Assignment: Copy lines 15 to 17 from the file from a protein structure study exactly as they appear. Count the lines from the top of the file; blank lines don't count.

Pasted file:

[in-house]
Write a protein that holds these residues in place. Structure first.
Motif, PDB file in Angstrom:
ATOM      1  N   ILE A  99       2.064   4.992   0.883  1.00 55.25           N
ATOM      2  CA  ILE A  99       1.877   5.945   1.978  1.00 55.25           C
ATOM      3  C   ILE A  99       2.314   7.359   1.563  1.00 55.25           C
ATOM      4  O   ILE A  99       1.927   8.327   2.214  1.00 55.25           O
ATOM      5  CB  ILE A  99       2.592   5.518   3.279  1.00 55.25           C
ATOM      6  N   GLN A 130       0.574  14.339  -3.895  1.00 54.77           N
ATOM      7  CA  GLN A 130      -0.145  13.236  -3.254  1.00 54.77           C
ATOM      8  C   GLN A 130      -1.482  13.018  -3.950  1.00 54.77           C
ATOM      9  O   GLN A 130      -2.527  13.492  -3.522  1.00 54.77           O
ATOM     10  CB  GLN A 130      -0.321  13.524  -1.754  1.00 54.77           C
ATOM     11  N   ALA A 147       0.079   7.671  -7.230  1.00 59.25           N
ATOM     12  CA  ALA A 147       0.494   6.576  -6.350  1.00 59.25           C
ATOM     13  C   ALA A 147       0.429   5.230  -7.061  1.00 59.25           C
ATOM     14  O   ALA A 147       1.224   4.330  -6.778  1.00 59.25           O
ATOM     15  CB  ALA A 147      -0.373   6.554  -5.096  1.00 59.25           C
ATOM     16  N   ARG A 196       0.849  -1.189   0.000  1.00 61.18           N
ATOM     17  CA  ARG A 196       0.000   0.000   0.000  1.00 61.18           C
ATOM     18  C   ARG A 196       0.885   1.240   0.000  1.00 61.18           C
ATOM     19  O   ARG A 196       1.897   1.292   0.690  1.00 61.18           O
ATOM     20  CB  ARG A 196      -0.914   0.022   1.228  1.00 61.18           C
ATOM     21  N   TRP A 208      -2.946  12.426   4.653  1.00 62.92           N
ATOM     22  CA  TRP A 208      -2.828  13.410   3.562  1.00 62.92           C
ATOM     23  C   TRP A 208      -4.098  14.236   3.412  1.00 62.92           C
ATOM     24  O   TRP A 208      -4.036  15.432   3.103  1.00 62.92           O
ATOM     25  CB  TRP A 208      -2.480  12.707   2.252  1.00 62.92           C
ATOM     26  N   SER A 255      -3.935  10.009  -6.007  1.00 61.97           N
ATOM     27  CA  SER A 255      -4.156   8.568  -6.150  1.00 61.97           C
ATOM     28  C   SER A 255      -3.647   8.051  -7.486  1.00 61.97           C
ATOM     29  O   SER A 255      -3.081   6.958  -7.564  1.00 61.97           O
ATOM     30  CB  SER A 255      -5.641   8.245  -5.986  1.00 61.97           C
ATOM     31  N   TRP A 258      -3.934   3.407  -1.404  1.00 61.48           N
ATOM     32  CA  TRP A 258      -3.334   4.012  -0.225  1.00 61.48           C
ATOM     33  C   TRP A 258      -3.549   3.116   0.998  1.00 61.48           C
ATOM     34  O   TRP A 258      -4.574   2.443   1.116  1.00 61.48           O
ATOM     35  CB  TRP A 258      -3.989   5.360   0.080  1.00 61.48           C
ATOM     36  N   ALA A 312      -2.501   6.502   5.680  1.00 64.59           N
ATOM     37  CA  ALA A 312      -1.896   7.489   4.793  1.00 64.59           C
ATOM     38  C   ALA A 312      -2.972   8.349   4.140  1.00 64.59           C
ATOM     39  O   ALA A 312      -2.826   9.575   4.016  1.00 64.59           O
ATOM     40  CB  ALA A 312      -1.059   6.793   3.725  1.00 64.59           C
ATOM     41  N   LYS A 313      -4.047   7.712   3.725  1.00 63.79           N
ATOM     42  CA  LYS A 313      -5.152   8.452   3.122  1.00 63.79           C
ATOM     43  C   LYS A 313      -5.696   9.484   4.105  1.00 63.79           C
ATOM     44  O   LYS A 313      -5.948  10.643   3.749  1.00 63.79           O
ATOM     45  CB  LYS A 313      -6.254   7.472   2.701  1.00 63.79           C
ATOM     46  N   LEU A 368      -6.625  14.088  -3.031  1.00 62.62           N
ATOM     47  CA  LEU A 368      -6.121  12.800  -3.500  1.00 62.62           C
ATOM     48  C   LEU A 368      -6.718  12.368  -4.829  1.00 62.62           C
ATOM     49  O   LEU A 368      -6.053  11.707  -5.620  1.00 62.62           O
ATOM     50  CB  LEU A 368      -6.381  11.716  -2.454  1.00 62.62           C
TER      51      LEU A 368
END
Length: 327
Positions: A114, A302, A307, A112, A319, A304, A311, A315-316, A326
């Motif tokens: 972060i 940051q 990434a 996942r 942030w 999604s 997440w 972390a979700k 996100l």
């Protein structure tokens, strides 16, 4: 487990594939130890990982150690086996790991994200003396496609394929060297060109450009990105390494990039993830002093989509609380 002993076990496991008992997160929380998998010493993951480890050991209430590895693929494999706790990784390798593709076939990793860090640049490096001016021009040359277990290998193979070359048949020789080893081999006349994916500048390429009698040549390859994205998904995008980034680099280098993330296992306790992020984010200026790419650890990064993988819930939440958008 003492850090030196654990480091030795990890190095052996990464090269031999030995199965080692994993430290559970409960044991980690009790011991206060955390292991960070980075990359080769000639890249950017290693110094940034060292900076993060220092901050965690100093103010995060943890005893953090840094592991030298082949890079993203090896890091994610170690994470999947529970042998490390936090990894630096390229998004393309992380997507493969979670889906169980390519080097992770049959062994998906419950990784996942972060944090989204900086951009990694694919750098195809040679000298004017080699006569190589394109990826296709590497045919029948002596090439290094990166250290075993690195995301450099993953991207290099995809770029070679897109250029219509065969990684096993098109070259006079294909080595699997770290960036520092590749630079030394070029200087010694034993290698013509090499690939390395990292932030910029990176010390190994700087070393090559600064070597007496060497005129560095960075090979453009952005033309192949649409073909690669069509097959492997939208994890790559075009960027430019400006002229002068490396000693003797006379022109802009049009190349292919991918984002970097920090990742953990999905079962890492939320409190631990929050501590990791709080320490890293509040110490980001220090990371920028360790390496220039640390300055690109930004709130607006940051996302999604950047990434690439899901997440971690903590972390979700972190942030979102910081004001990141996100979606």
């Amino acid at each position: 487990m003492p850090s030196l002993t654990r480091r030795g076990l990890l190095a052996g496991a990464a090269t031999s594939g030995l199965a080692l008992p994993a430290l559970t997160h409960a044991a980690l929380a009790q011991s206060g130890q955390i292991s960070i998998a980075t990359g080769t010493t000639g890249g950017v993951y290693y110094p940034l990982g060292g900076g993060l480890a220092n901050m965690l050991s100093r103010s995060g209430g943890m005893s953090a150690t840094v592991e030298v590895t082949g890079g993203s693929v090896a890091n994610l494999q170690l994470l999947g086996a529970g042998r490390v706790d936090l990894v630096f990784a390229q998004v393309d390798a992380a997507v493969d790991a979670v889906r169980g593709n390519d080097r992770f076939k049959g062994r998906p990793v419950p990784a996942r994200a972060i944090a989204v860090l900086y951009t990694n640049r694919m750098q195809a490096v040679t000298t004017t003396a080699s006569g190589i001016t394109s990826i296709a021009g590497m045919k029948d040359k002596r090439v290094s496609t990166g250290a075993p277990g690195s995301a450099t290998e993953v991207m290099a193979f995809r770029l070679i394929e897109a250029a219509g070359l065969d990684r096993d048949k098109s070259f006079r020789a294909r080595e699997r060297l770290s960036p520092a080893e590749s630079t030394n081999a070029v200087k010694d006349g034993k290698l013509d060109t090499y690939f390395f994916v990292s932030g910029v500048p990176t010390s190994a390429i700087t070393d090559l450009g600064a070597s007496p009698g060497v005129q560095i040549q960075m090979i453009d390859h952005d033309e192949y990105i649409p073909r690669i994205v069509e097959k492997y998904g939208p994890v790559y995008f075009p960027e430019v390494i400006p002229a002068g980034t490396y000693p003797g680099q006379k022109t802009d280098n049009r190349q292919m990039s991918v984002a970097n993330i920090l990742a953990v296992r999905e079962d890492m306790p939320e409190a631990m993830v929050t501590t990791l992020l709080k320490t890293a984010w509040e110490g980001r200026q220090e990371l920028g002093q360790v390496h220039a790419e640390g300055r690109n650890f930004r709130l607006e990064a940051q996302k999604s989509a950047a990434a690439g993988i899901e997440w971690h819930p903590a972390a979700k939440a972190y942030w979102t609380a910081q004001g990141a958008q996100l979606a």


ATOM     12  CA  ALA A 147       0.494   6.576  -6.350  1.00 59.25           C
ATOM     13  C   ALA A 147       0.429   5.230  -7.061  1.00 59.25           C
ATOM     14  O   ALA A 147       1.224   4.330  -6.778  1.00 59.25           O